Edward VI soon became very sick and was visibly wasting away before the Council’s eyes. It was soon clear to the Duke of Northumberland that all he had fought for was about to crumble away. He knew that if Mary became queen, his time in power would be over. He also knew that Mary would revert all progress they had made towards furthering the Protestant religion in England. It had always been her ambition to bring England back under the Pope. Northumberland began to hatch a new scheme. He was going to manipulate Edward VI, on his sick bed, to re-write the will of his father. They would proclaim Lady Jane Grey as the new heir to the throne. This was actually illegal as Edward VI had not yet reached his age of majority. He was still a minor.
Northumberland quickly arranged the marriage between Jane Grey and one of his younger sons, Lord Guilford Dudley (a young, vain, and spoiled boy) in order for his son to become King. Naturally, Jane was not part of any of these discussions between Northumberland and her parents. She was just a pawn in their power games. She did express her contempt for the marriage and her disgust of Lord Guilford, but knew she had no choice as she was a young woman in this society.
Northumberland even went as far as to slowly poison the sick king in order to keep him alive longer to make all the arrangements for the succession. It was not hard to persuade him as Edward VI did have a vested interest in keeping the realm Protestant. He was also very devote to his faith and his greatest achievements in his short reign were expanding that religion. Jane Grey was the choice to keep this project going.
Northumberland provided Mary with false updates as to the King’s health in order to lure her into a trap. This just increased Mary’s current distrust of the Duke. “The Duke’s and his party’s designs to deprive the Lady Mary of the succession to the crown are only too plain. They are evidently resolved to resort to arms against her, with the excuse of religion, among others,” commented the Imperial Ambassador. It seems that the Duke’s plans were not as covert as he thought.
Edward VI died on the 6th of July in 1553 at the age of 15. Jane was immediately ordered to meet the Duke of Northumberland and the council at Syon House near London. She was informed that the King was dead and he had named her as heir upon his deathbed. Jane is described as being stunned and troubled. She fell to the ground weeping at the news. It has also been reported that she fainted on the spot. Obviously, she had not been expecting this command and was feeling incredibly stressed. She believed that this whole situation was very wrong. She is said to have cried, “the crown is not my right and pleases me not. The Lady Mary is the rightful heir.” This was not what her father and the Duke wanted to hear. Northumberland is recorded as responding, “Your Grace doth wrong to yourself and to your house!” She was essentially, again, forced to the will of others. She accepted the crown with great reluctance. She was only 17 years old and alone.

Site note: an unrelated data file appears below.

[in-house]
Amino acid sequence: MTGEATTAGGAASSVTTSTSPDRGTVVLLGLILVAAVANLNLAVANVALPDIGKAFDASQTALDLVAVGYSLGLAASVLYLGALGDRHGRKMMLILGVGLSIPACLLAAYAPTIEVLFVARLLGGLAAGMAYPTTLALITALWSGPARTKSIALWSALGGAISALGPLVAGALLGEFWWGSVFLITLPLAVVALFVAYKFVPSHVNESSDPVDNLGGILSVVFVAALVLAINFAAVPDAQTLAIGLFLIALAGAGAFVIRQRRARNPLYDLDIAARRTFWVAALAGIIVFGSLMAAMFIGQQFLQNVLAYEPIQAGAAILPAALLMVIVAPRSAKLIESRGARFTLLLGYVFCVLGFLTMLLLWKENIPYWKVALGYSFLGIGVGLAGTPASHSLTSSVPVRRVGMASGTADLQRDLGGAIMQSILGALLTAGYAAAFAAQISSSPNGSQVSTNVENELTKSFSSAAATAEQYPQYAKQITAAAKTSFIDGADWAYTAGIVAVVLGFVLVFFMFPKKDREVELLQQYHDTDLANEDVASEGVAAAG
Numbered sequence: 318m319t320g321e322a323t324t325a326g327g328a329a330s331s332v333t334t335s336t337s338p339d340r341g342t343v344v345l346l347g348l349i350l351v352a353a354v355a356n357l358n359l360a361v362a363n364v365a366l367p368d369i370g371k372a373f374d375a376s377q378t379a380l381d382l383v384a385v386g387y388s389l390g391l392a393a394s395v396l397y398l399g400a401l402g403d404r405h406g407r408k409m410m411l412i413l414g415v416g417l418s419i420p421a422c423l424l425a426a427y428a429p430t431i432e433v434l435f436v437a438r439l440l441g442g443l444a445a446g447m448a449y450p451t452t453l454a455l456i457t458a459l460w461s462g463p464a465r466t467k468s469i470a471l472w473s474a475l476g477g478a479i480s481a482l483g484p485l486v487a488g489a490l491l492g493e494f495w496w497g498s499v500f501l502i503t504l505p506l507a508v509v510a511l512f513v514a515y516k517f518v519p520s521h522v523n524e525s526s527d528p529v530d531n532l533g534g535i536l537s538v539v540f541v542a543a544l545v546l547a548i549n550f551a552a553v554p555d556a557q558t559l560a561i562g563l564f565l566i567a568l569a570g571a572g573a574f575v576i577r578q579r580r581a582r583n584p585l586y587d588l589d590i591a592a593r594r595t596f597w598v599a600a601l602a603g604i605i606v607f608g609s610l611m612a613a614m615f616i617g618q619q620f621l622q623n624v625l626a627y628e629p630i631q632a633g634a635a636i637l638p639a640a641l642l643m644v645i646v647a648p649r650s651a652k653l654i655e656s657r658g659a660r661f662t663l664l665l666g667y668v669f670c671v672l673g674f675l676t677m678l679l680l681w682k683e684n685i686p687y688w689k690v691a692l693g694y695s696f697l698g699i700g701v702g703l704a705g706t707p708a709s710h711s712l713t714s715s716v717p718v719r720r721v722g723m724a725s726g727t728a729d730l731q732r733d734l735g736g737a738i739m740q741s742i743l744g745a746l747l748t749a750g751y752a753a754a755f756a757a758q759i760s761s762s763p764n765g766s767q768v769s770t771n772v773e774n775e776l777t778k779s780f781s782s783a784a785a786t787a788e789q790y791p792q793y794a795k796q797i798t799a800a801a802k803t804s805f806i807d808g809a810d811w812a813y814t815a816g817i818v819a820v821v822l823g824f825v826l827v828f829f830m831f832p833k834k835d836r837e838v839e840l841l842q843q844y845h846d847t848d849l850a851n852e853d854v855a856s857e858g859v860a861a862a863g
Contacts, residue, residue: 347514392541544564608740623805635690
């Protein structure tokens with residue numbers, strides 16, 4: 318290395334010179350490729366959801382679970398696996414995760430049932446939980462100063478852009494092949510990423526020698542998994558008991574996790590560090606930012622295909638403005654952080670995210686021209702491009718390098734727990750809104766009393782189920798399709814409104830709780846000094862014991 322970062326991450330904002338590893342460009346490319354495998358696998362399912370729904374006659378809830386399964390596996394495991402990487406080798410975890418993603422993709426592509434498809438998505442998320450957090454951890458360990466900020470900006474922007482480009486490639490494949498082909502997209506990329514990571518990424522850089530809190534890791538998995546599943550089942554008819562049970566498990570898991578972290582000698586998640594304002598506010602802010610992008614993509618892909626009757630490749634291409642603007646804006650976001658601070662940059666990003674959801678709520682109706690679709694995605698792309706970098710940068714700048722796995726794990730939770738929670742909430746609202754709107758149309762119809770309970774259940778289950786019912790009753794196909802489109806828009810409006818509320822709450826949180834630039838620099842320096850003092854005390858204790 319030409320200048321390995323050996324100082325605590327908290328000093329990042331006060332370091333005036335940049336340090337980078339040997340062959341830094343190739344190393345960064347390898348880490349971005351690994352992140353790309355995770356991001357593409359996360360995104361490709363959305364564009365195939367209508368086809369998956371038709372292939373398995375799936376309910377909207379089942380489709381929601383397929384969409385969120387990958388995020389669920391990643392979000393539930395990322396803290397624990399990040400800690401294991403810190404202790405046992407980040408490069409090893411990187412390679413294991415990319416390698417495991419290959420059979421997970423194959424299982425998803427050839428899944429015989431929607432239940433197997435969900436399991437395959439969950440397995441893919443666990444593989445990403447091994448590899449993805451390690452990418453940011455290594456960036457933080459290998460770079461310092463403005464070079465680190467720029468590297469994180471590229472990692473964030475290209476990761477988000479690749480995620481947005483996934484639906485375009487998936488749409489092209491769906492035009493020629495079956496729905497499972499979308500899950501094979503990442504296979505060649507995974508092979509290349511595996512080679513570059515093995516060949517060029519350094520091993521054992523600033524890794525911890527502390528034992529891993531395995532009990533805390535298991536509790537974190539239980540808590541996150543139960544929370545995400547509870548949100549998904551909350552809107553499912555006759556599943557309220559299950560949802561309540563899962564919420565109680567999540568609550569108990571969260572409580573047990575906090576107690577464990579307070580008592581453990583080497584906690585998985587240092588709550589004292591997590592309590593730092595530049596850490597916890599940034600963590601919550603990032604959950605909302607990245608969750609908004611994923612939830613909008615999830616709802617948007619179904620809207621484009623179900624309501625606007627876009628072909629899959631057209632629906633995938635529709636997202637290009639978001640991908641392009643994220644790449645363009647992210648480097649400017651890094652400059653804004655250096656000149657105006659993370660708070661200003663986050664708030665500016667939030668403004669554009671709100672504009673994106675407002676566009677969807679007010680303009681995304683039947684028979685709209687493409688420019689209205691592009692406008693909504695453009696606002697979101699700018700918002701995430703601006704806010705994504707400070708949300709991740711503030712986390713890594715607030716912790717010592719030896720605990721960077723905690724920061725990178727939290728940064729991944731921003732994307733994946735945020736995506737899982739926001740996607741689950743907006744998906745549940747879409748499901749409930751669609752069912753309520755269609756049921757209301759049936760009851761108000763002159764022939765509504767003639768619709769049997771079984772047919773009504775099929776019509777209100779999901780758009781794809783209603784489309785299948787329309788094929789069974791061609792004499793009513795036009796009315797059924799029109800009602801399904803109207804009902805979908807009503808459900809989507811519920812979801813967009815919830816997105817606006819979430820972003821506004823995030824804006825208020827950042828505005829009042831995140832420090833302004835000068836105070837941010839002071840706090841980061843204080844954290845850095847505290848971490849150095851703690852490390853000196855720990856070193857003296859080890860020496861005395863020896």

By July 10th, Lady Jane was conveyed to the Tower of London to await her coronation. She was official received as Queen upon her arrival. She was in the company of her husband, her parents, and attendants. Jane tried not to show emotion to give the appearance of a strong queen, despite what she may be feeling inside. She was welcomed inside with all the pomp and ceremony that a Queen of England would deserve. Yet, to the surprise of many of Jane’s supporters, the majority public opinion was not with them. The public wanted Mary, both Catholics and Protestants as she was seen as the true queen based on Henry VIII’s will.
Jane was immediately brought to meet her Council in the Presence Chamber upon her arrival at the Tower. They fell to their knees before their now, rather uncomfortable, Queen. She sat on the throne under the canopy of state. The Crown Jewels were presented to Jane along with the scepter and crown. Jane was encouraged to try on the crown to verify it fit well. Her composure broke and she refused the crown to be placed on her head. It is reported she began to have a panic attack, but, eventually, those of the council finally persuaded her to wear the crown. A proclamation announcing Queen Jane was prepared for distribution across the country, but it would likely be ignored. It must have been difficult for this very young girl to be forced to take this unwanted position. In addition, she was faced with the knowledge that most of the country was hostile to her.